What do Mother Teresa, James Clear, and Darren Hardy have in common? They’ve celebrated the power of small actions to have a profound impact on our lives.
Mother Teresa said, “Be faithful in small things because it is in them that your strength lies.”
One of our basic human needs is a sense of control. Sometimes it feels like small things are all we can access or control right now. This quote resonates so strongly because it’s a reminder that those little things matter. And they can be our source of strength – how we create control when we feel none exists.
Small steps feel doable. They’re the gateway to reclaiming our power.
Below, I’ll share a few gems I learned on how to create some control and better outcomes just by doing a few small things.
Intuitively we know that control matters.
Psychologists refer to the concept as the locus of control (LOC). According to an article Psychology Today, “The more internal our LOC, the more we believe our own efforts determine what happens in our lives; the more external our LOC, the more we feel our lives are controlled by outside forces (chance or powerful others),”
Research has shown that “self-control is the strongest predictor for happiness, and self-control is positively and significantly related to LOC.”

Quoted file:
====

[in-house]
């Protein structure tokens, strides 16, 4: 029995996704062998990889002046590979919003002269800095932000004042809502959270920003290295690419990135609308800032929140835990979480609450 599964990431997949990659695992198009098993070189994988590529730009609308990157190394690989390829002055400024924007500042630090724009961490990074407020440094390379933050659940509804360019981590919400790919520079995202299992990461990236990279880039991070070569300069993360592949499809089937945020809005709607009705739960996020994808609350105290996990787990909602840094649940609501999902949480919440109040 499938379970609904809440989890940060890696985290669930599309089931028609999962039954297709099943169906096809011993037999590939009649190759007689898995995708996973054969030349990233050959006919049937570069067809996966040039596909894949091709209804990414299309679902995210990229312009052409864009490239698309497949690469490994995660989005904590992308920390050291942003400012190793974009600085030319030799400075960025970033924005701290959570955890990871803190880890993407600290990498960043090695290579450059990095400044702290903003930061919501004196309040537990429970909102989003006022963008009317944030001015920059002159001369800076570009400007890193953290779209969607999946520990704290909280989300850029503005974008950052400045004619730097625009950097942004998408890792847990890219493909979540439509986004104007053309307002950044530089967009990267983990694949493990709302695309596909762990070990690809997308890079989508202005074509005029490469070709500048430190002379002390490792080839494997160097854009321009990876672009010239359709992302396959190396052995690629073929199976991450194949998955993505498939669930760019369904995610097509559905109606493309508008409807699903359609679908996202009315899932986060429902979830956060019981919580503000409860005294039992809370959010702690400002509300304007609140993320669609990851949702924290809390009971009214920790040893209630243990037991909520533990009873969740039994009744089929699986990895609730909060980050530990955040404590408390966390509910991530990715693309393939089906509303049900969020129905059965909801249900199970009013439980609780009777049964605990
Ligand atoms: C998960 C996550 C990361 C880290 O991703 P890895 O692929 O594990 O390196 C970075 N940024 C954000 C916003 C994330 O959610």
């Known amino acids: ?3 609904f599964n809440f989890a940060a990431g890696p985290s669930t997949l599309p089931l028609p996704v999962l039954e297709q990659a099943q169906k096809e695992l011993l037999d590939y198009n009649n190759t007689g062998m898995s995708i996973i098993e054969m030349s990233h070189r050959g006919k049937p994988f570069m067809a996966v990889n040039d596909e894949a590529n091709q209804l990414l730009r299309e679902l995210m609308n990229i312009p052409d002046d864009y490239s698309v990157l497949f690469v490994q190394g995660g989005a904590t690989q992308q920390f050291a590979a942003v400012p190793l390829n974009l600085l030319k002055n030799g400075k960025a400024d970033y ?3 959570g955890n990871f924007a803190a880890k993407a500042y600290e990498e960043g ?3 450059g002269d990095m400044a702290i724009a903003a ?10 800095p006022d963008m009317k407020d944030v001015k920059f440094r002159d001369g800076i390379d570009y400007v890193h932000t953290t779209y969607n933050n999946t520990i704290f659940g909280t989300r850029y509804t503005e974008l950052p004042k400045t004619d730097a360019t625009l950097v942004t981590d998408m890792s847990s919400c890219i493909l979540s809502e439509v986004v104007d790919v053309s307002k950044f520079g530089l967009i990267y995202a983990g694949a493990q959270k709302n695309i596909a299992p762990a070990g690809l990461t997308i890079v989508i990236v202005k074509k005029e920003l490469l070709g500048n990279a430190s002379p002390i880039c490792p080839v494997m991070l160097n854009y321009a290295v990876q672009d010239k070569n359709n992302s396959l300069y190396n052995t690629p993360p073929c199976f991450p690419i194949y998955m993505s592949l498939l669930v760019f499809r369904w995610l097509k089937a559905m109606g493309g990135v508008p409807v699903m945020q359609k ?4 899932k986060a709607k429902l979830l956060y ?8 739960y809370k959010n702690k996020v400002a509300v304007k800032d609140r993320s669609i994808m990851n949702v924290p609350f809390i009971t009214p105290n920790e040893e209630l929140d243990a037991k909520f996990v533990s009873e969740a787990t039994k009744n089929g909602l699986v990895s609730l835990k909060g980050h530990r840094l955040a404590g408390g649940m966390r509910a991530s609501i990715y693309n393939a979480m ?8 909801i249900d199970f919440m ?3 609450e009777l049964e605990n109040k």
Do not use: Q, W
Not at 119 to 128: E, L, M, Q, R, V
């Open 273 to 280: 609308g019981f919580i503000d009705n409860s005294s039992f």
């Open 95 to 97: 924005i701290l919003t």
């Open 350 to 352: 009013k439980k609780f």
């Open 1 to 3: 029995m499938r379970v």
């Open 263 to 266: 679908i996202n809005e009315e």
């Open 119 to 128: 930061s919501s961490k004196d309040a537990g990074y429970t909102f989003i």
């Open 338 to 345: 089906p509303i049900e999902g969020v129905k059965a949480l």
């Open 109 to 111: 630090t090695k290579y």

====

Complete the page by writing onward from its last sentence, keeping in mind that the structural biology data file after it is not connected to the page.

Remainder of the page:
A sense of control leads to more happiness and ability to cope with adversity, but we knew that.
So let’s create some!
Small is Big
We’re big thinkers, and we’ve got audacious goals. Understandably, it can be hard to wrap our minds around that level of thinking right now. That’s ok. We can go small and still make a big difference.
Darren Hardy reminds us in The Compound Effect, that the most impactful goals take a long time. But small changes and actions done repeatedly will harness the power of momentum needed to help you achieve them.
Small, Smart Choices + Consistency + Time = RADICAL DIFFERENCE
Unfortunately, the effect of small changes can be unnoticeable in the short-term. And in our instant gratification world, they can be quickly abandoned. We don’t do them long enough to see the payoff.
If I cut out 100 calories a day, after a year, I will have lost 10 pounds! That’s great, but on day 10, or 40, or 90, the result of that action is almost invisible.
James Clear provides a great example of this compounding effect in his must-read book, Atomic Habits. If you improve something 1% each day for a year, you will be almost 40% better by the end of the year.
Where to Start
If 1% better each day sounds useful to you, and you’d find some ideas and inspiration helpful, then look no further. Hardy gives us a few starting points:
Identify two to three new habits you need to develop to put you on track toward an important goal.
Consider a few, seemingly inconsequential actions you can stop doing that might be compounding your results downward.
List a few areas or skills you’ve always thought to be your strengths. Are you taking those for granted by not continuing to improve them? Are you becoming complacent?
In a time when feeling powerless is the norm, we can find some power in the small choices and decisions that we make. A few small changes performed repeatedly provide the opportunity to create a much-needed sense of control, and become a better version of ourselves.
Stay safe and be well.